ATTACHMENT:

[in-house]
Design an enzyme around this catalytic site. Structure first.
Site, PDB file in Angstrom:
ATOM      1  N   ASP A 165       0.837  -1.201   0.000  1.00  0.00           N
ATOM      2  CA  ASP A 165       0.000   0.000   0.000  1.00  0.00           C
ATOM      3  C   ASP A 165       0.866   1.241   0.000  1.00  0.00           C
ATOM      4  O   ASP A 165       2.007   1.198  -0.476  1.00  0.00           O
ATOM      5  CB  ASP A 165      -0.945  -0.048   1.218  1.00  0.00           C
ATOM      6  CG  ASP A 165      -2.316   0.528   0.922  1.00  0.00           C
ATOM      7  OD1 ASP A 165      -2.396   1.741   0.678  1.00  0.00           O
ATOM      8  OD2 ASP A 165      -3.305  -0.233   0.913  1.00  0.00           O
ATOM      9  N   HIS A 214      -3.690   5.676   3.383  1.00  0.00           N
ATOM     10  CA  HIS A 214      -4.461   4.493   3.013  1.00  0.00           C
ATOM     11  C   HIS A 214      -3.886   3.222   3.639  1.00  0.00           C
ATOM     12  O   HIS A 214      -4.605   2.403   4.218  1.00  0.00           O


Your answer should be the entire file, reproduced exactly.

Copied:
[in-house]
Design an enzyme around this catalytic site. Structure first.
Site, PDB file in Angstrom:
ATOM      1  N   ASP A 165       0.837  -1.201   0.000  1.00  0.00           N
ATOM      2  CA  ASP A 165       0.000   0.000   0.000  1.00  0.00           C
ATOM      3  C   ASP A 165       0.866   1.241   0.000  1.00  0.00           C
ATOM      4  O   ASP A 165       2.007   1.198  -0.476  1.00  0.00           O
ATOM      5  CB  ASP A 165      -0.945  -0.048   1.218  1.00  0.00           C
ATOM      6  CG  ASP A 165      -2.316   0.528   0.922  1.00  0.00           C
ATOM      7  OD1 ASP A 165      -2.396   1.741   0.678  1.00  0.00           O
ATOM      8  OD2 ASP A 165      -3.305  -0.233   0.913  1.00  0.00           O
ATOM      9  N   HIS A 214      -3.690   5.676   3.383  1.00  0.00           N
ATOM     10  CA  HIS A 214      -4.461   4.493   3.013  1.00  0.00           C
ATOM     11  C   HIS A 214      -3.886   3.222   3.639  1.00  0.00           C
ATOM     12  O   HIS A 214      -4.605   2.403   4.218  1.00  0.00           O